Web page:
TYR3In creating their vision statement—“Building a caring, diverse and empowered yoga community”—the Texas Yoga Retreat co-founders realized they wanted to combine the best attributes of a conference (experienced, high-caliber teachers, multiple workshop options during each time slot), with the best aspects of a yoga retreat (community, compassion, and shared experience).

Bringing famous teachers on board was actually counter-productive to this goal of building community and keeping the retreat affordable. Over the years, they have continued to deliberately invite amazing, local teachers (mainly from Texas) who are not yet famous but should be.

The moment you step onto the grounds at Radha Madhav Dham Ashram in southwest Austin, the incredibly peaceful and loving energy field there is palpable. Built in 1990, the ashram grounds feature 230 acres of rolling green hills, lots of wildlife, including dozens of peacocks milling about (babies are born each spring), luscious gardens, walking trails, and the Ancient Yoga Center, a section of the ashram specifically intended for retreats. With no TVs or cell phones in sight, the ashram is a true sanctuary, enabling all those bathed in its glory to restore their body, mind, and spirit.

Charles, Donna, and Ellen met a devotee from the ashram at a gathering of the Austin Yoga Teachers Association in 1999. When they inquired about the possibility of offering a yoga retreat there, the three were invited for a meeting with a man called Swamiji who was the spiritual leader of the center at the time. They apparently passed the test and were later told that Swamiji had requested the meeting because he needed to look into their hearts. He must have found their intentions to be pure and true. The colleagues were also instrumental in organizing the first few years of the annual Free Day of Yoga in Austin on September 1st, and the three also collaborated to create a yoga teacher training called the Living Yoga Program which continues to be held regularly on the grounds of Radha Madhav Dham.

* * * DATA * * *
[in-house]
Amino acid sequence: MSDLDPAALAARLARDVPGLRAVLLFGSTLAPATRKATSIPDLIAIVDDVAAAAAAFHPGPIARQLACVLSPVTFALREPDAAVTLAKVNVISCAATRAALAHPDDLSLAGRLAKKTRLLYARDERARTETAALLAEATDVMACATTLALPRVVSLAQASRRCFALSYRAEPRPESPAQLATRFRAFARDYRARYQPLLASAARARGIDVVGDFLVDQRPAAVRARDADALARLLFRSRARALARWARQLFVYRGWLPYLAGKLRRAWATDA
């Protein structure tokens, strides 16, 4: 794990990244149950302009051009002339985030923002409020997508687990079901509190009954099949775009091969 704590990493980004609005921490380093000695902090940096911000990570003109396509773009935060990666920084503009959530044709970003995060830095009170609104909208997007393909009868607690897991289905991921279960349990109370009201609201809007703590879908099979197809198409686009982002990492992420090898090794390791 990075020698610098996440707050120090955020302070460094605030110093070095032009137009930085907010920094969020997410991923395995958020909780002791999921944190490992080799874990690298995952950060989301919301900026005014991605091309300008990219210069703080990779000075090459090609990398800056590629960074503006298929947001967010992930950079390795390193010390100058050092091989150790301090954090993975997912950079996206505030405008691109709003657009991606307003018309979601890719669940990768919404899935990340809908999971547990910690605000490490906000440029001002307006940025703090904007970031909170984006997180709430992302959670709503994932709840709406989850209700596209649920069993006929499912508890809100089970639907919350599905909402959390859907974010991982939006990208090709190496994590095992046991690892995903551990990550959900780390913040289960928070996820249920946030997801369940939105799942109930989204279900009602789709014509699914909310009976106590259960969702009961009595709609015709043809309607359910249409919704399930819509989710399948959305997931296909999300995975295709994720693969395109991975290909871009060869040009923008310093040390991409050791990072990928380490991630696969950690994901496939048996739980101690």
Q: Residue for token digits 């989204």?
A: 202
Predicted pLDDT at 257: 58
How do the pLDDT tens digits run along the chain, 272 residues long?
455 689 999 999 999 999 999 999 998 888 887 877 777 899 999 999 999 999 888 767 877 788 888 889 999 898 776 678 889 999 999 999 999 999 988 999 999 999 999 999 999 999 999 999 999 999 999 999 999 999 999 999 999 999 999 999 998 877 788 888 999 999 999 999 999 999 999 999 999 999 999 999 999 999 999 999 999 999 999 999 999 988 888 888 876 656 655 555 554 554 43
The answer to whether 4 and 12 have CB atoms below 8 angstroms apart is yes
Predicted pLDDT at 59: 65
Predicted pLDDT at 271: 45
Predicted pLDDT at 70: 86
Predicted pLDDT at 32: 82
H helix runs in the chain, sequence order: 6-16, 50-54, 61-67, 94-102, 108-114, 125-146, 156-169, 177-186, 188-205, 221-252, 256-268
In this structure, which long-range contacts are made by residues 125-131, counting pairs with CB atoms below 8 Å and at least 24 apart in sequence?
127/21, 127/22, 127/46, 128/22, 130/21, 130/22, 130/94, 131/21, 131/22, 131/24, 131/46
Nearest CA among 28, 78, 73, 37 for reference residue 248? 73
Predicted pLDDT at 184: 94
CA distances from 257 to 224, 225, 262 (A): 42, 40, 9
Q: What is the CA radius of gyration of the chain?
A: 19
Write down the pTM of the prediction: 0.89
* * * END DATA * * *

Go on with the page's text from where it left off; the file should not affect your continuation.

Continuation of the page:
The inaugural Texas Yoga Retreat in November 2000 was the first time that the ashram had ever invited an outside group to host an event on the property. Year after year, the ashram has been a wonderful spiritual home and the devotees who live there feel like family. The Texas Yoga Retreat is a unique, beneficial, and authentic gathering that has been held annually each fall. Back when it was just beginning, I volunteered to help with marketing and promotion. Throughout the early 2000s, I was blessed to be able to attend the event several times and participate in many inspiring workshops led by talented teachers across many diverse lineages and style of yoga.

Much has remained constant over the nearly two decades since the retreat began. The organizers collect student evaluations after every workshop. The majority of presenters are chosen from the best of previous years’ retreats. These presenters not only deliver quality workshops, but more importantly, they love teaching at the Texas Yoga Retreat and immerse themselves in the experience, rather than just showing up to teach and leaving again.

About 20 percent of the presenters are chosen for the quality of their reputation and the content of their workshops. Ellen says, “The teachers we hire are deeply steeped in their own field of practice and this comes through in their teaching. Although you may have been studying yoga for years, these classes are specifically designed to take you to the deeper level, a more authentic level of teaching that you will not typically find in a regular yoga class.”

 

Keep Reading (full article on elephant journal)

This year’s retreat will be held from October 20-22. You can attend the entire weekend or just come out for the day on Saturday or Sunday. Find more details here.

Collected Writings 2010-2017

51hV0yux+mLMoving abroad eight years ago was a rebirth for me.

The choice to uproot from my home country, the United States of America, and plant new seeds in my host country, Guatemala, suddenly changed my whole life and lifestyle.